Combined High-Resolution LIDAR Topography and Multibeam ... the area of interest around Seward, Alaska

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  • Combined High-Resolution LIDAR Topography and Multibeam Bathymetry for Northern Resurrection Bay, Seward, Alaska

    Data Series 374

    U.S. Department of the Interior U.S. Geological Survey

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  • Combined High-Resolution LIDAR Topography and Multibeam Bathymetry for Northern Resurrection Bay, Seward, Alaska

    By Keith A. Labay and Peter J. Haeussler

    Data Series 374

    U.S. Department of the Interior U.S. Geological Survey

  • U.S. Department of the Interior DIRK KEMPTHORNE, Secretary

    U.S. Geological Survey Mark D. Myers, Director

    U.S. Geological Survey, Reston, Virginia: 2008

    For product and ordering information: World Wide Web: http://www.usgs.gov/pubprod Telephone: 1-888-ASK-USGS

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    Suggested citation: Labay, K.A., and Haeussler, P.J., 2008, Combined high-resolution LIDAR topography and multibeam bathymetry for Northern Resurrection Bay, Seward, Alaska: U.S. Geological Survey Data Series 374, 6 p.

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    Contents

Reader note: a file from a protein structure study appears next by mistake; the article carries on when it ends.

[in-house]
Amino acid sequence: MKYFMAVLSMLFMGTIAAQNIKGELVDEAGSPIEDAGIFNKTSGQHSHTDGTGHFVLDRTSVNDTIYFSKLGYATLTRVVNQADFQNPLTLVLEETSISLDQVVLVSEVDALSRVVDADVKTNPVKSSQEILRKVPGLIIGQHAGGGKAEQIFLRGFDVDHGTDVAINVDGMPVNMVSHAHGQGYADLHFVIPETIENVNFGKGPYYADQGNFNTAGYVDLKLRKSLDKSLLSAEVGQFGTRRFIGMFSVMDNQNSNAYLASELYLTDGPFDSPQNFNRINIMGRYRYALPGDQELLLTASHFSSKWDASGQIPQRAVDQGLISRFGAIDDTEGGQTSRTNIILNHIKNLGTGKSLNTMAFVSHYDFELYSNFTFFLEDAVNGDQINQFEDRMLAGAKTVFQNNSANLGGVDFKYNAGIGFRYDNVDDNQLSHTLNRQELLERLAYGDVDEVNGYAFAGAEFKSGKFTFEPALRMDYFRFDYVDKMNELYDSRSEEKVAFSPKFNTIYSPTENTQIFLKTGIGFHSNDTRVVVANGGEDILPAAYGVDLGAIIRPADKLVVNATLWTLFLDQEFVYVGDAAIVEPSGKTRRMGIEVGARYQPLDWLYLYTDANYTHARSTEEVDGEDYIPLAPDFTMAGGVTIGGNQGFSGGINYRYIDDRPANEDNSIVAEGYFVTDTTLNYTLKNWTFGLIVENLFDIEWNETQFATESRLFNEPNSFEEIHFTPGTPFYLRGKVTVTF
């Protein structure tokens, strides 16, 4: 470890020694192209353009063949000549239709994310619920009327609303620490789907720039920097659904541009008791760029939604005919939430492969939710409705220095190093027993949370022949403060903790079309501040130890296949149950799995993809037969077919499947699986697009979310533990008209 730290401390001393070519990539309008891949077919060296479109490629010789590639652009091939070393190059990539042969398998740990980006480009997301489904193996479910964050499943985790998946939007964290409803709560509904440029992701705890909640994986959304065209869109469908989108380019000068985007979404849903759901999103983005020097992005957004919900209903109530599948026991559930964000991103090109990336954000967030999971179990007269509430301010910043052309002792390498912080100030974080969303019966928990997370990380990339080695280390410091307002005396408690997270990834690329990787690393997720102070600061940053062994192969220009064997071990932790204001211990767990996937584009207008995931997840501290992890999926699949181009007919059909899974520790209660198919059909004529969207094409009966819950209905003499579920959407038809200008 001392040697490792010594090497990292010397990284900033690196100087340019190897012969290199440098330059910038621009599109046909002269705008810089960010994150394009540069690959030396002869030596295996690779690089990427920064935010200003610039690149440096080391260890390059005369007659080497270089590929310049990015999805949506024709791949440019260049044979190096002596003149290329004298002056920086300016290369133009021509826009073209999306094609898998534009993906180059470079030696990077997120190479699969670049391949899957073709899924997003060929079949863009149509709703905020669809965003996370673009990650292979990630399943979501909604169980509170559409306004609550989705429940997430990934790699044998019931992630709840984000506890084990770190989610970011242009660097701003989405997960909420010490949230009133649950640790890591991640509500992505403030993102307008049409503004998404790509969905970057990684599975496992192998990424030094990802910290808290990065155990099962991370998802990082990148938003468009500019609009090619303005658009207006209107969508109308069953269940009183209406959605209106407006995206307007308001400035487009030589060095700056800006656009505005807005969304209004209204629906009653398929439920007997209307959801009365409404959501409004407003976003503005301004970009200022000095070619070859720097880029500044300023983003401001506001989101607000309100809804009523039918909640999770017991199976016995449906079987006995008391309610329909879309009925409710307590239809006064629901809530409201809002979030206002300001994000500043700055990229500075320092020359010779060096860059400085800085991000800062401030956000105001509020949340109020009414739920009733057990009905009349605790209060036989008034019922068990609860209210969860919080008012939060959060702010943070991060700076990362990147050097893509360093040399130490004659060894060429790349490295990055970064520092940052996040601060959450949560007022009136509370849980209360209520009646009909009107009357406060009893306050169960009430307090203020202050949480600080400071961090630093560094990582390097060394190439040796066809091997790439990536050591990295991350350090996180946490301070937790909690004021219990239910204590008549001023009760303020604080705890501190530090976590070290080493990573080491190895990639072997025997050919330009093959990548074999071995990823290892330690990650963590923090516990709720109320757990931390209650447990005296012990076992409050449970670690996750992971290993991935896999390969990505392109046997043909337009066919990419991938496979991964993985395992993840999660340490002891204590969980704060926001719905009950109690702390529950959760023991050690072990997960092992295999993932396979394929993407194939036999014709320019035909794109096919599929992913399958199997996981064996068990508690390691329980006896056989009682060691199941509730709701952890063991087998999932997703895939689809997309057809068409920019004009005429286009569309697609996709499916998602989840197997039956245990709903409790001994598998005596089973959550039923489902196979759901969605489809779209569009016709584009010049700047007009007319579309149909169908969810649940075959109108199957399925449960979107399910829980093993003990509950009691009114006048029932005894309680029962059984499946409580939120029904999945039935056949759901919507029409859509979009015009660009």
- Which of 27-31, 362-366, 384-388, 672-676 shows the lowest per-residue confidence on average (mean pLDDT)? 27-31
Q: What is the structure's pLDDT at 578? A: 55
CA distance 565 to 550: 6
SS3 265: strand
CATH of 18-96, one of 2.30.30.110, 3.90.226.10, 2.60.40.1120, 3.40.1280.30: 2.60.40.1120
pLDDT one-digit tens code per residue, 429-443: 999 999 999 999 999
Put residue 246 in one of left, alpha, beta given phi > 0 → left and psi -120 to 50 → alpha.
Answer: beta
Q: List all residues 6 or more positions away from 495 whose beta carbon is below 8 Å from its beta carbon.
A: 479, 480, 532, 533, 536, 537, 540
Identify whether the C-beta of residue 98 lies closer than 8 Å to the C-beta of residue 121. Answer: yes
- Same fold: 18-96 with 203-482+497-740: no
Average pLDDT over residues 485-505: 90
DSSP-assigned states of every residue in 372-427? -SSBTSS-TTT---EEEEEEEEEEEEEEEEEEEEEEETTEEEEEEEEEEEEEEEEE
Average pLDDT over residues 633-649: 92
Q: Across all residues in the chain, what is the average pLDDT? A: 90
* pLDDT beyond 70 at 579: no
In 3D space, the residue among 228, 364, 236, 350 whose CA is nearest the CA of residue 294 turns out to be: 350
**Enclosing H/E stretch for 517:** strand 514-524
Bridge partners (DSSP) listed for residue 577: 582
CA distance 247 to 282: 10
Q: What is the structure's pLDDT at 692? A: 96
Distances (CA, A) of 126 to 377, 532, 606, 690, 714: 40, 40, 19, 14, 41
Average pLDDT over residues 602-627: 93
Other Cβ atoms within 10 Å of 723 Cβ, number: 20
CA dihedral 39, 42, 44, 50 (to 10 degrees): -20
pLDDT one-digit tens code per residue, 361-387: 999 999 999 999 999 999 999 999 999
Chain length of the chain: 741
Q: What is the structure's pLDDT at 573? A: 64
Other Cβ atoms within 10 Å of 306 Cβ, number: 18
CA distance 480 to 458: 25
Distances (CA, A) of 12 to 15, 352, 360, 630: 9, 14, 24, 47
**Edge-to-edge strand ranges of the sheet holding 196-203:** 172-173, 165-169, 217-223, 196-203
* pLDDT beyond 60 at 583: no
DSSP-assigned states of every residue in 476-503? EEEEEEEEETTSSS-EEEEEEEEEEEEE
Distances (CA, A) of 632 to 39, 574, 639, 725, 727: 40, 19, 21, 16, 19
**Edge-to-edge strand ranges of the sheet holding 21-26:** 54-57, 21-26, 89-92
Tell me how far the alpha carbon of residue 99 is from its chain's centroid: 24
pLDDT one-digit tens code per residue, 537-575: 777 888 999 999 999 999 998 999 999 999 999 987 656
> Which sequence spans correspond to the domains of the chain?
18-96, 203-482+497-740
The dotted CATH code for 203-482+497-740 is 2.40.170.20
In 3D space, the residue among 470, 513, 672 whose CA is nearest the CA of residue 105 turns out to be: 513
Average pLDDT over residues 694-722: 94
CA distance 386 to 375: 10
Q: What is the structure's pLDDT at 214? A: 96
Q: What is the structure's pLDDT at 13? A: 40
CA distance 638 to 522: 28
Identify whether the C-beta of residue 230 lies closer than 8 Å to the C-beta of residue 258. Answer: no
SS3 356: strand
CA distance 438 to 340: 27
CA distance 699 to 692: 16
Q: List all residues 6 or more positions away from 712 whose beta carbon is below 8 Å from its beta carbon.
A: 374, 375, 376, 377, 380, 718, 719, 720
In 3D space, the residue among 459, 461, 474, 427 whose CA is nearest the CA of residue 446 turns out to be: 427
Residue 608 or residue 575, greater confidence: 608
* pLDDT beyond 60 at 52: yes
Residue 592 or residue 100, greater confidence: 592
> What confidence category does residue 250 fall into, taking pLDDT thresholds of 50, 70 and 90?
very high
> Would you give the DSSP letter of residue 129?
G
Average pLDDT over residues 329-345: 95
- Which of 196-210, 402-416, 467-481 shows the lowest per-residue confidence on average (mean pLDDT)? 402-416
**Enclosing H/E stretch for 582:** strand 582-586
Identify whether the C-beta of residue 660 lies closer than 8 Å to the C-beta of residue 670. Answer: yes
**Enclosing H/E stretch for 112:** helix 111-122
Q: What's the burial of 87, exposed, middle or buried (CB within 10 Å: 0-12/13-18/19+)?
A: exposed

Abstract ...........................................................................................................................................................1 Introduction.....................................................................................................................................................1 Data Sources and Processing .....................................................................................................................1

    High-Resolution Topography ...............................................................................................................2 Seward Harbor ......................................................................................................................................5 Multibeam Bathymetry.........................................................................................................................5